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Editorial |

Blood Safety—At What Cost?

Linda-Gail Bekker, MBChB, FCP(SA), PhD; Robin Wood, BSc, BM, MMEd, FCP(SA)
JAMA. 2006;295(5):557-558. doi:10.1001/jama.295.5.557.
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Blood is an intrinsic part of human life. It is something others need and it is each person's to give. Blood can be sold or given voluntarily out of a feeling of social obligation. The characteristics that make donated blood an expression of human altruism also make it a threat to human health. Blood products can be life saving but can also transmit life-threatening viral, bacterial, and parasitic infections from donors to recipients.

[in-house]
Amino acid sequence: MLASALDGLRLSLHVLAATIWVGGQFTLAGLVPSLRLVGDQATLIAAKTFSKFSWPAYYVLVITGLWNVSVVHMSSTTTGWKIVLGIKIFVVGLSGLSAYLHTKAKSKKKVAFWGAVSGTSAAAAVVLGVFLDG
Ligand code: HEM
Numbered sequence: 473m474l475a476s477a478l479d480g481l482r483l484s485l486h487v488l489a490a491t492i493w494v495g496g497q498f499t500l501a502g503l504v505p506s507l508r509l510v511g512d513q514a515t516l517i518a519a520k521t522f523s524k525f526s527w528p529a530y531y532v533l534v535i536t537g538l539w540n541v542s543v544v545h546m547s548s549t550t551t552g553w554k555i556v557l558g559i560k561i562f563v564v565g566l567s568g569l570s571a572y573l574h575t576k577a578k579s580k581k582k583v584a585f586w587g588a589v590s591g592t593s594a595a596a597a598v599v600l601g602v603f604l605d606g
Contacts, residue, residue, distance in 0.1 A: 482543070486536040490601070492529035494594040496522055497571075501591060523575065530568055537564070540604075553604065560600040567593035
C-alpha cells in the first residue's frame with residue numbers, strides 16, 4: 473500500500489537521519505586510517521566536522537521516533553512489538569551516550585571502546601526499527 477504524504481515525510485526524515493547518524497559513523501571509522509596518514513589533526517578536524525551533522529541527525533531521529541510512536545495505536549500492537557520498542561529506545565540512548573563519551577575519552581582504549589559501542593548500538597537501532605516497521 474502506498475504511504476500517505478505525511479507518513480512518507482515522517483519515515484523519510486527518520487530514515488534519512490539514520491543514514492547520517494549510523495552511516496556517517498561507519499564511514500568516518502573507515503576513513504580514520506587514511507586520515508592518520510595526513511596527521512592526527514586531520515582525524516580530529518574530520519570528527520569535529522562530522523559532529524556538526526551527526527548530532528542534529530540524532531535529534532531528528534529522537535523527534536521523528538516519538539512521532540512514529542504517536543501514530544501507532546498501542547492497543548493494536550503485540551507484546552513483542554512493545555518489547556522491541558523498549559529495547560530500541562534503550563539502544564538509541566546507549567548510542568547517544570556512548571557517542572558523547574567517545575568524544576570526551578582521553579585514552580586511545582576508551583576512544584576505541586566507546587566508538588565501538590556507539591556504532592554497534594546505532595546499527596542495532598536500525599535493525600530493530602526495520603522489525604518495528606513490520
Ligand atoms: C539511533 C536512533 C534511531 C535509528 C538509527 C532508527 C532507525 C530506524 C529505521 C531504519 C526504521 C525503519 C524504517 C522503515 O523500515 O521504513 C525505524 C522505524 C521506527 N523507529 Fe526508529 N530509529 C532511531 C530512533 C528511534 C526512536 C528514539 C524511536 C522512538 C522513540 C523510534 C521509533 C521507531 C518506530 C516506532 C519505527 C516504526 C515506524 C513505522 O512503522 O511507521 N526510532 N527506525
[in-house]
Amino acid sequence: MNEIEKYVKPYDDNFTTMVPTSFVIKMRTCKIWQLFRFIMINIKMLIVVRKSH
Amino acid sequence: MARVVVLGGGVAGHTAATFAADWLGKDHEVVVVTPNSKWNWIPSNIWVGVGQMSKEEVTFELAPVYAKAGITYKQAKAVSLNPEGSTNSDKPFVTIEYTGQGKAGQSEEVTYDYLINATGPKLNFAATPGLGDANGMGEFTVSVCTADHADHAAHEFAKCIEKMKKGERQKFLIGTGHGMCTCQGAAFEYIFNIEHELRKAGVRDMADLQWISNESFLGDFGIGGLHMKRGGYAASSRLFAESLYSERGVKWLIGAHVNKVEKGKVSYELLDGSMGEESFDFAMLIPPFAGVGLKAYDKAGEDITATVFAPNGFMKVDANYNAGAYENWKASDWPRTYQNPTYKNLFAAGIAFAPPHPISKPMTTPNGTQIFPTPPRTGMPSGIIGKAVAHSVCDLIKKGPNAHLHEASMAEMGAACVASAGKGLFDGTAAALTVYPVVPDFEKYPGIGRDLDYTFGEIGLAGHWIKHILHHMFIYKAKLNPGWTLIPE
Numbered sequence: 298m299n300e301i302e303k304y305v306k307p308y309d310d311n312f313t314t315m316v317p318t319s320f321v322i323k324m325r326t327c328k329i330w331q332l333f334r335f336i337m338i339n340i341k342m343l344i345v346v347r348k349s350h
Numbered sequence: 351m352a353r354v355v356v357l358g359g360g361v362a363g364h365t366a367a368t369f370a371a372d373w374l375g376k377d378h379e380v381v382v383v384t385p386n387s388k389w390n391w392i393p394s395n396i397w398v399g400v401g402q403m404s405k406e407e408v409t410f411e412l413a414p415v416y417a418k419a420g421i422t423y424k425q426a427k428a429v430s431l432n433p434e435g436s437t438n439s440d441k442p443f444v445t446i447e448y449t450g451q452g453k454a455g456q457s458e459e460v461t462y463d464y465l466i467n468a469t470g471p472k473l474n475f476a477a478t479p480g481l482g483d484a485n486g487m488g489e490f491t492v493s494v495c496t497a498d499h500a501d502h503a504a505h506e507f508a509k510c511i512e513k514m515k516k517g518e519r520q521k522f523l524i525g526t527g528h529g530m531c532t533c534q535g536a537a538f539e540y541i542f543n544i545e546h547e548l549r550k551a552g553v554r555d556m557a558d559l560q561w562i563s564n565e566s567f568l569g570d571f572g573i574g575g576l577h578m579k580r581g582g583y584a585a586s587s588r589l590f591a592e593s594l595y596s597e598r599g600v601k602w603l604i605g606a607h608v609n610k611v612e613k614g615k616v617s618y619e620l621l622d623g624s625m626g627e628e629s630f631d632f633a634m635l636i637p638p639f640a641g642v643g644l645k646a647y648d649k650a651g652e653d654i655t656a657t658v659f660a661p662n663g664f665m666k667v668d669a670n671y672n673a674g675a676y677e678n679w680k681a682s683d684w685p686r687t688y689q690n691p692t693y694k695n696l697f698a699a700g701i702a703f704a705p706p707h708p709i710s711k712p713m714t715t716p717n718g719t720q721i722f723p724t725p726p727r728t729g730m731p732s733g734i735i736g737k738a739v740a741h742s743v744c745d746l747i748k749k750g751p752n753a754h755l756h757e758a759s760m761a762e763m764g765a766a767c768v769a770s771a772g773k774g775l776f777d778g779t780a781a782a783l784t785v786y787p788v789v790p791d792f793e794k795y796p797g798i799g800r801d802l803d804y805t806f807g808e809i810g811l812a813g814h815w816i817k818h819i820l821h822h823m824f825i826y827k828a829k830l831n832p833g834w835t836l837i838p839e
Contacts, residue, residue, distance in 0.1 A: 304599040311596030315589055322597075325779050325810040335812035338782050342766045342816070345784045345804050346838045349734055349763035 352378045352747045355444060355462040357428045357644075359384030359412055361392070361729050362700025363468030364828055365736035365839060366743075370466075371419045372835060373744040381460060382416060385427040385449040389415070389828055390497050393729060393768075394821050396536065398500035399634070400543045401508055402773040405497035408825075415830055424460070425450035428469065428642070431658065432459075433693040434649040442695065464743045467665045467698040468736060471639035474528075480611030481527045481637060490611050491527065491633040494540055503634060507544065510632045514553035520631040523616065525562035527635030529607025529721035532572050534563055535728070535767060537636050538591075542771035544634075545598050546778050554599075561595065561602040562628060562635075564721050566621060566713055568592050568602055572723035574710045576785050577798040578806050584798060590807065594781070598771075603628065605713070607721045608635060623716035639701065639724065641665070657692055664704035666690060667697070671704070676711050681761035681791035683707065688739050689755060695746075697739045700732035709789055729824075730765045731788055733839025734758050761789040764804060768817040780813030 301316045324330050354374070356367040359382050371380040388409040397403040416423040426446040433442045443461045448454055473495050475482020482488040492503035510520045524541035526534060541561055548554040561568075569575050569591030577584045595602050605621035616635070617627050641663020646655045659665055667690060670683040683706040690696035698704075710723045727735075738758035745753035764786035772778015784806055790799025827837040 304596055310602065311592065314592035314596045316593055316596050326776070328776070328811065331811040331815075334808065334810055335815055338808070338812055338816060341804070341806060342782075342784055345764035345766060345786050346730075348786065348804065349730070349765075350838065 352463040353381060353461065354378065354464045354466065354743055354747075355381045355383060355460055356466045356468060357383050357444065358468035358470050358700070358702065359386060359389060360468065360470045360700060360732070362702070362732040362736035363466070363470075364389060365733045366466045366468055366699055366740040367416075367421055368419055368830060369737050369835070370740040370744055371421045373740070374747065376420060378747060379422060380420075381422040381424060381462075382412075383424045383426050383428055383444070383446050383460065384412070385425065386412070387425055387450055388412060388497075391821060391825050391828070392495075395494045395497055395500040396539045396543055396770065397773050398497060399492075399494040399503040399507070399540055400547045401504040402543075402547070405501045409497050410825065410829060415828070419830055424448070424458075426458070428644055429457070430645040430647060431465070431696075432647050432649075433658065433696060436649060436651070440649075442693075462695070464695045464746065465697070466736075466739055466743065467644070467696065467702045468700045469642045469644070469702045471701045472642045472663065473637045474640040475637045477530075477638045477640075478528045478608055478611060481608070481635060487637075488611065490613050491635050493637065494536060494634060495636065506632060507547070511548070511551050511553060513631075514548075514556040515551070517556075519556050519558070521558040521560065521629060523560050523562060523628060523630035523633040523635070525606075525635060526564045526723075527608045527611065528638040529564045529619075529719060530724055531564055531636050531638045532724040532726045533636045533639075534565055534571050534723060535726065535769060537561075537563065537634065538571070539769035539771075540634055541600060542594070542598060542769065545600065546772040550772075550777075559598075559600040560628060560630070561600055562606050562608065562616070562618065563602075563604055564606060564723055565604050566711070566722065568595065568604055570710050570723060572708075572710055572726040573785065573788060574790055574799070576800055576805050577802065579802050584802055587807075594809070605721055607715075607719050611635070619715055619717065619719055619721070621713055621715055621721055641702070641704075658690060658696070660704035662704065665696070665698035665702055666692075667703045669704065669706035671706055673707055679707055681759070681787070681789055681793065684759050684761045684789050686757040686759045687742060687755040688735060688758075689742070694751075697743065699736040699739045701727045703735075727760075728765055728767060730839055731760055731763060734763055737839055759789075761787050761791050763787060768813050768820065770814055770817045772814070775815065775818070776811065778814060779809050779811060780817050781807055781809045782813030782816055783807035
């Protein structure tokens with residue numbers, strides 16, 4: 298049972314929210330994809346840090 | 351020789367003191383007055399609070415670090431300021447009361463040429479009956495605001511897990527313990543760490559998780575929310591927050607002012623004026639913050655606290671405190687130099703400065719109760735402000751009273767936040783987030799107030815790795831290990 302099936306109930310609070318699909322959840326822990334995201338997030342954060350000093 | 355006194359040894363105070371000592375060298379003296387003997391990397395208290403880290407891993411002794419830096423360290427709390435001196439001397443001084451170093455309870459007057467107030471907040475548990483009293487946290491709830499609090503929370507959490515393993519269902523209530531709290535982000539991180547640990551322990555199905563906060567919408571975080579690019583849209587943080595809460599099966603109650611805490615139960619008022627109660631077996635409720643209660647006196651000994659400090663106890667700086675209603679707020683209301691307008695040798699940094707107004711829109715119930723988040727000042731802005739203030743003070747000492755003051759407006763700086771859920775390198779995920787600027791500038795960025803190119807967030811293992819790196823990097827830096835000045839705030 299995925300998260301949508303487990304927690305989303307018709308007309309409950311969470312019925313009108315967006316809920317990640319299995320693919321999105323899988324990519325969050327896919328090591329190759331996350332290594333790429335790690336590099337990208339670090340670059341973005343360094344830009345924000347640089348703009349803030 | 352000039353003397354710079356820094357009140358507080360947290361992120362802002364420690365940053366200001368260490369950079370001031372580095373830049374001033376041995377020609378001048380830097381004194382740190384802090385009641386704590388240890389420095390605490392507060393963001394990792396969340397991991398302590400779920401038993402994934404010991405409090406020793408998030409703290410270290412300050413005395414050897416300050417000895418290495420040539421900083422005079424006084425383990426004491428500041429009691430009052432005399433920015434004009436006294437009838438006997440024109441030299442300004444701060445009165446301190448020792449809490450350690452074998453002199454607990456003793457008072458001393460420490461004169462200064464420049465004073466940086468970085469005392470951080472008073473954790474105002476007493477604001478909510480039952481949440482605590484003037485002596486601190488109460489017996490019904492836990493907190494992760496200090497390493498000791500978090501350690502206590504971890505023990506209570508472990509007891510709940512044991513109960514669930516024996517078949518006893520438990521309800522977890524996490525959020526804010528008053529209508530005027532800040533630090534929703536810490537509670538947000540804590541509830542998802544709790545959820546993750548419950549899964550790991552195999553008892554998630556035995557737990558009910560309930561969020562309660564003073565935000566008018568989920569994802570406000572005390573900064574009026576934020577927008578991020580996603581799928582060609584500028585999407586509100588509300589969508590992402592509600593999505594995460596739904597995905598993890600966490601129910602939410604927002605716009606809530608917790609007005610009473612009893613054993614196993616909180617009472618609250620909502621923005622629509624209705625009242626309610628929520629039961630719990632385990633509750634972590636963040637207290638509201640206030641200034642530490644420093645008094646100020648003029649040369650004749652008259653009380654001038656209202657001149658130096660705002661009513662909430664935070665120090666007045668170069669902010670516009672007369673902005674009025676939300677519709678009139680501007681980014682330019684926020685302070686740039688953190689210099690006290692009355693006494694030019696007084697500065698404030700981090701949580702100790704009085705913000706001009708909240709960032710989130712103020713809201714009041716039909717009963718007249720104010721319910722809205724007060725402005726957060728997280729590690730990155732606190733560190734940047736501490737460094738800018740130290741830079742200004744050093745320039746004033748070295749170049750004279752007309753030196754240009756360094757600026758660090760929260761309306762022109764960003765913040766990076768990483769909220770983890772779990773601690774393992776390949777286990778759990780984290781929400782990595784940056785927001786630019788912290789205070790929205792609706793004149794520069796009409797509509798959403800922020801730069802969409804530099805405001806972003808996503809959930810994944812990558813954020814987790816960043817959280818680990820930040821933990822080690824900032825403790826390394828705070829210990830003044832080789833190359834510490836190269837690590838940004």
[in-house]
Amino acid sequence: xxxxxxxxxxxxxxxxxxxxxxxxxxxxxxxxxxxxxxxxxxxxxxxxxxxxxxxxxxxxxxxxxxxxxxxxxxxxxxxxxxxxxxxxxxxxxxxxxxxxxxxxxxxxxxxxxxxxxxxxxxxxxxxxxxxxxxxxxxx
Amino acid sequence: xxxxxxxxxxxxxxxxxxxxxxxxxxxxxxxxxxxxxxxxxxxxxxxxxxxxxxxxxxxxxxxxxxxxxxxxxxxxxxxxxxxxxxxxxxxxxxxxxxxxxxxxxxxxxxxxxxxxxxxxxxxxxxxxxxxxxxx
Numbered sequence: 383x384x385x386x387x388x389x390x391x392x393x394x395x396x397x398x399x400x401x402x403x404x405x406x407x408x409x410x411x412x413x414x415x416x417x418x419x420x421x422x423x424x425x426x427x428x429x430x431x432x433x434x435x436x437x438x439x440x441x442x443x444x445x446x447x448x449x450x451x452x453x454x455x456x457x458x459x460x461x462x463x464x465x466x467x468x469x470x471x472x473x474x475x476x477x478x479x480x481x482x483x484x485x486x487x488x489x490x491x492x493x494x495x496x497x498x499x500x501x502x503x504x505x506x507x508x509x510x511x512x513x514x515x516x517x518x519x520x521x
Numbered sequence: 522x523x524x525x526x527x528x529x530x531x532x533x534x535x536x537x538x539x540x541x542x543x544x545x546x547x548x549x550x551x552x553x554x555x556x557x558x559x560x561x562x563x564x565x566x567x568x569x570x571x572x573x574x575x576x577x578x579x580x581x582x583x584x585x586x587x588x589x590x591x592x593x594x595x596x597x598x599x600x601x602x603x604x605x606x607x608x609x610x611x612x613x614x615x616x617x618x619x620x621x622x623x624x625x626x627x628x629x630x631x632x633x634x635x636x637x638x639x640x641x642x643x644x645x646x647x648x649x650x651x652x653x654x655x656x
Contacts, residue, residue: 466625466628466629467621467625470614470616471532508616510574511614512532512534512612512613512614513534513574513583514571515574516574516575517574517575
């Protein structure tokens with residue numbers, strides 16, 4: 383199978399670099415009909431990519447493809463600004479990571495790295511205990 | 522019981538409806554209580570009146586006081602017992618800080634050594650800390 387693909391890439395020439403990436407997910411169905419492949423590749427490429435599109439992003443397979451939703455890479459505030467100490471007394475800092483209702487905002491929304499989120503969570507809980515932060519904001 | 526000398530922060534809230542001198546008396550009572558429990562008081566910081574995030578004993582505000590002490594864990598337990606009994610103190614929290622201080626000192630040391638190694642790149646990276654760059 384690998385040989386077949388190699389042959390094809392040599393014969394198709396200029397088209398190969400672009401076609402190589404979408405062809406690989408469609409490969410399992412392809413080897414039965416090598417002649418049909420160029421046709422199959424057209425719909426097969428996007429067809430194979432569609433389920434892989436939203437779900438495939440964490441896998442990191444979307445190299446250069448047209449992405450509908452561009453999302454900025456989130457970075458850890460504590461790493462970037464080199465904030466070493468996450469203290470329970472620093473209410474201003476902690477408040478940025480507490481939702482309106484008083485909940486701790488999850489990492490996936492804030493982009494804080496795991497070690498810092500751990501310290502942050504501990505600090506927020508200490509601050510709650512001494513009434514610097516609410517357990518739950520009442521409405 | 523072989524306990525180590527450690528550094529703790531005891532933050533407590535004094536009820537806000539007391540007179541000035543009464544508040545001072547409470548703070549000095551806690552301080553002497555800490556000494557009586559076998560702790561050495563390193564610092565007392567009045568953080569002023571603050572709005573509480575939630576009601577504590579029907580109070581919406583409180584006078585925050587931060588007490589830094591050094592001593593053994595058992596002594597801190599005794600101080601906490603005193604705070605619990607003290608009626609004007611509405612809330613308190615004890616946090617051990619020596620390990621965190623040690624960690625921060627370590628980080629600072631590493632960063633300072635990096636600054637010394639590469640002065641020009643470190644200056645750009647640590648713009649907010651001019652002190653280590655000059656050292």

The provision of safe and adequate blood supply is an important component of national health requiring government commitment and support to ensure that blood and blood products are safe, accessible, and adequate to meet transfusion requirements.1 The cornerstone of a safe and adequate supply of blood products is the recruitment, selection, and retention of voluntary nonremunerated blood donors from low-risk populations.2 To identify these low-risk populations, reliable epidemiologic data on both prevalence and incidence of infectious diseases in the general population are required.

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